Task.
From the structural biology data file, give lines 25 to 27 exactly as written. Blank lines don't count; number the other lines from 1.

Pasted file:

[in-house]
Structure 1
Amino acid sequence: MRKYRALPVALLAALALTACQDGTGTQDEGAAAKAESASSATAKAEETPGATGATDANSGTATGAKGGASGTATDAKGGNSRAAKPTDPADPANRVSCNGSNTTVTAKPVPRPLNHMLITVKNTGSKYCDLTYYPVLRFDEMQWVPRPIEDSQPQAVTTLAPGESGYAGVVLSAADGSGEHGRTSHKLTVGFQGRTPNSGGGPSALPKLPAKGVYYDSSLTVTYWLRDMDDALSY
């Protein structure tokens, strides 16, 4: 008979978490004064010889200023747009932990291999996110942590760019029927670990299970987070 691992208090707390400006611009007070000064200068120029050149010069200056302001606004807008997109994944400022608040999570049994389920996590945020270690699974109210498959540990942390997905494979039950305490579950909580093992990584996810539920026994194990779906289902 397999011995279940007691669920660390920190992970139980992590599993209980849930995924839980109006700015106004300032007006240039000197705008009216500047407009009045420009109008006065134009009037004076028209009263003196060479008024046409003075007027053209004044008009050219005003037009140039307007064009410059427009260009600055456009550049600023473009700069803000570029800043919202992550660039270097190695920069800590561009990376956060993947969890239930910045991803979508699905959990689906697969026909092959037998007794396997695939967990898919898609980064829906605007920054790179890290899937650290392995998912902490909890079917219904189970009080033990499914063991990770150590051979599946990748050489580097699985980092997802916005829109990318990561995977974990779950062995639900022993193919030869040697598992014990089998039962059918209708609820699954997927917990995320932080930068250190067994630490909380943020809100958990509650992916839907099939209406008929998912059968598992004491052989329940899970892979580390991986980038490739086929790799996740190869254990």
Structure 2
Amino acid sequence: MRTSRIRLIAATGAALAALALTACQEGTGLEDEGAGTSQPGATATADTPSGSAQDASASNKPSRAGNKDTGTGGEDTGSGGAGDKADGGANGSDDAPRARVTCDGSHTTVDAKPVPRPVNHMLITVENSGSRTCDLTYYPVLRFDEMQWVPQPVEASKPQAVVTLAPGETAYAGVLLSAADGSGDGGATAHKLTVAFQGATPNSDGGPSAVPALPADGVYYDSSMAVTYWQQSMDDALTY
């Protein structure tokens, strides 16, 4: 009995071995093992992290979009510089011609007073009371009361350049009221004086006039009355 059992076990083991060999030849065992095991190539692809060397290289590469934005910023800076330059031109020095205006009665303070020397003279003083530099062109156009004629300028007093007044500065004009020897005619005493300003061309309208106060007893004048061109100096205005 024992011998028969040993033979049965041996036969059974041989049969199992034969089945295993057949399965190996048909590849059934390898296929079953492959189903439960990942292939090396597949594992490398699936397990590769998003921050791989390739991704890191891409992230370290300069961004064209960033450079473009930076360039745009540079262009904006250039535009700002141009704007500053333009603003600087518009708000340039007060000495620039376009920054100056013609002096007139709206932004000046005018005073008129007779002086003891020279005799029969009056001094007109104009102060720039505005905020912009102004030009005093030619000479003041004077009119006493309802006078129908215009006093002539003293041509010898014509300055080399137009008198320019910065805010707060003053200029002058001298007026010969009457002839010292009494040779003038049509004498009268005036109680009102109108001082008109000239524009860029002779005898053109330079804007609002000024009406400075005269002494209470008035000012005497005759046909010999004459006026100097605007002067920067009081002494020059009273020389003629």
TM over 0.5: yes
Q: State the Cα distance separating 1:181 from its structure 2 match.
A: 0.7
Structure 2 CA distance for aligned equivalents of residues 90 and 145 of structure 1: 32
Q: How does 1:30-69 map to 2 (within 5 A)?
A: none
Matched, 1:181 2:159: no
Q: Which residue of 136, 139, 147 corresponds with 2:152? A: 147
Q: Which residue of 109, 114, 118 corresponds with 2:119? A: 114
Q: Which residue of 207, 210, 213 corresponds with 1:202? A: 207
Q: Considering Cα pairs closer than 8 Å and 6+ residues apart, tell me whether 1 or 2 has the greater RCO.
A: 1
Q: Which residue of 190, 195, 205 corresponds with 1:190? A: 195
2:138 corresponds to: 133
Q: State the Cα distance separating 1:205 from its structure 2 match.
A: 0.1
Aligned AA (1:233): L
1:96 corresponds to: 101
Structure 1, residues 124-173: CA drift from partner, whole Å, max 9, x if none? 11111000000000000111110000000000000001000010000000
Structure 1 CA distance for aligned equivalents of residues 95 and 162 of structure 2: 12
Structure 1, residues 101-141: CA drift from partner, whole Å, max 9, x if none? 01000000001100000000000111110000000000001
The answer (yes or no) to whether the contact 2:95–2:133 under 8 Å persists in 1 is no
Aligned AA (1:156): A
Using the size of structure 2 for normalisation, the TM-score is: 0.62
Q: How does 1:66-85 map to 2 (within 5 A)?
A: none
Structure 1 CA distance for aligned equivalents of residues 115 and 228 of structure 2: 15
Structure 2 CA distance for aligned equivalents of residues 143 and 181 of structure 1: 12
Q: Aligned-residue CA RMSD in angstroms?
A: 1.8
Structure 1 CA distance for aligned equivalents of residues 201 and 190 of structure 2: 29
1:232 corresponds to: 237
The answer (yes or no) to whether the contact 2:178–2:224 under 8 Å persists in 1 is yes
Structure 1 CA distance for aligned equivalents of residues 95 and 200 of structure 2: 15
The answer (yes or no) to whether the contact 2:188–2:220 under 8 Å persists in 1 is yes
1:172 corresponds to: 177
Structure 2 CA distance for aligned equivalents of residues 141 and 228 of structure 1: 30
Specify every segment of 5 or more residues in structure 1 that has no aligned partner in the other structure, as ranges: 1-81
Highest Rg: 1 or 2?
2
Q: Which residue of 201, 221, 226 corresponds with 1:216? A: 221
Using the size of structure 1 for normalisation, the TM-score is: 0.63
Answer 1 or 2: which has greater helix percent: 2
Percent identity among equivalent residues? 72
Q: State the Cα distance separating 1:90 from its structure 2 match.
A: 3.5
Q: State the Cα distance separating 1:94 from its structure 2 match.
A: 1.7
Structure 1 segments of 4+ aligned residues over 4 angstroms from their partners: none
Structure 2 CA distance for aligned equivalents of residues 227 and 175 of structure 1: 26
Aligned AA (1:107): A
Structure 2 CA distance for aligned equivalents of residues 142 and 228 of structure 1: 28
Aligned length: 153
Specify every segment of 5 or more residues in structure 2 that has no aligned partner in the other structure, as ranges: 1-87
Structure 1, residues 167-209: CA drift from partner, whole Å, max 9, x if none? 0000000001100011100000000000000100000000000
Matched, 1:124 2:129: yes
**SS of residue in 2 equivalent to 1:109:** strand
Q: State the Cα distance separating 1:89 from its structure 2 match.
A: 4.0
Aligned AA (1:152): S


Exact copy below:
1:96 corresponds to: 101
Structure 1, residues 124-173: CA drift from partner, whole Å, max 9, x if none? 11111000000000000111110000000000000001000010000000
Structure 1 CA distance for aligned equivalents of residues 95 and 162 of structure 2: 12